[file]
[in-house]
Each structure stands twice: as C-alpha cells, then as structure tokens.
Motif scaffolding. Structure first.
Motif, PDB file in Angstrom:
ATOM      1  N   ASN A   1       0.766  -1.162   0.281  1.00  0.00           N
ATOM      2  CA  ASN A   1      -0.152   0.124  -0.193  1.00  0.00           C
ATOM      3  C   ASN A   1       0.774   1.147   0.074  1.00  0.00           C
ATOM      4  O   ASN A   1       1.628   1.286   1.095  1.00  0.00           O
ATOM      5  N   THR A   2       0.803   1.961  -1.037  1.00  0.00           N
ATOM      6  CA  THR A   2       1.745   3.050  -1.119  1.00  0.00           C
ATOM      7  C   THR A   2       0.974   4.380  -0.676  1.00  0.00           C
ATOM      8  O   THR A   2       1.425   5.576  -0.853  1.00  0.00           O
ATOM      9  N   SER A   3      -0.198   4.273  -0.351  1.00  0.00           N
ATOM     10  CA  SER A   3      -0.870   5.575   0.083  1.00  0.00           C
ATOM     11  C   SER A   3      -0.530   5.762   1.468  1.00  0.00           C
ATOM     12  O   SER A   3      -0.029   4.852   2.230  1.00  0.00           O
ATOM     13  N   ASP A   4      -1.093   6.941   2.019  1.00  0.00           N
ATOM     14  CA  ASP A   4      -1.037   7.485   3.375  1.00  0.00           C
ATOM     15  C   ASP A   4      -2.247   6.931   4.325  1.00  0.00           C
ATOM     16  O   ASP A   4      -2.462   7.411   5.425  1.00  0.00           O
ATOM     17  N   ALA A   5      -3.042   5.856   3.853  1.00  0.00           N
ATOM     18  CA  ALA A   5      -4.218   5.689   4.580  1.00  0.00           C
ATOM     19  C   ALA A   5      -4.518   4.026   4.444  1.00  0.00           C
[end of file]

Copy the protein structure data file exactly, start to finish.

[in-house]
Each structure stands twice: as C-alpha cells, then as structure tokens.
Motif scaffolding. Structure first.
Motif, PDB file in Angstrom:
ATOM      1  N   ASN A   1       0.766  -1.162   0.281  1.00  0.00           N
ATOM      2  CA  ASN A   1      -0.152   0.124  -0.193  1.00  0.00           C
ATOM      3  C   ASN A   1       0.774   1.147   0.074  1.00  0.00           C
ATOM      4  O   ASN A   1       1.628   1.286   1.095  1.00  0.00           O
ATOM      5  N   THR A   2       0.803   1.961  -1.037  1.00  0.00           N
ATOM      6  CA  THR A   2       1.745   3.050  -1.119  1.00  0.00           C
ATOM      7  C   THR A   2       0.974   4.380  -0.676  1.00  0.00           C
ATOM      8  O   THR A   2       1.425   5.576  -0.853  1.00  0.00           O
ATOM      9  N   SER A   3      -0.198   4.273  -0.351  1.00  0.00           N
ATOM     10  CA  SER A   3      -0.870   5.575   0.083  1.00  0.00           C
ATOM     11  C   SER A   3      -0.530   5.762   1.468  1.00  0.00           C
ATOM     12  O   SER A   3      -0.029   4.852   2.230  1.00  0.00           O
ATOM     13  N   ASP A   4      -1.093   6.941   2.019  1.00  0.00           N
ATOM     14  CA  ASP A   4      -1.037   7.485   3.375  1.00  0.00           C
ATOM     15  C   ASP A   4      -2.247   6.931   4.325  1.00  0.00           C
ATOM     16  O   ASP A   4      -2.462   7.411   5.425  1.00  0.00           O
ATOM     17  N   ALA A   5      -3.042   5.856   3.853  1.00  0.00           N
ATOM     18  CA  ALA A   5      -4.218   5.689   4.580  1.00  0.00           C
ATOM     19  C   ALA A   5      -4.518   4.026   4.444  1.00  0.00           C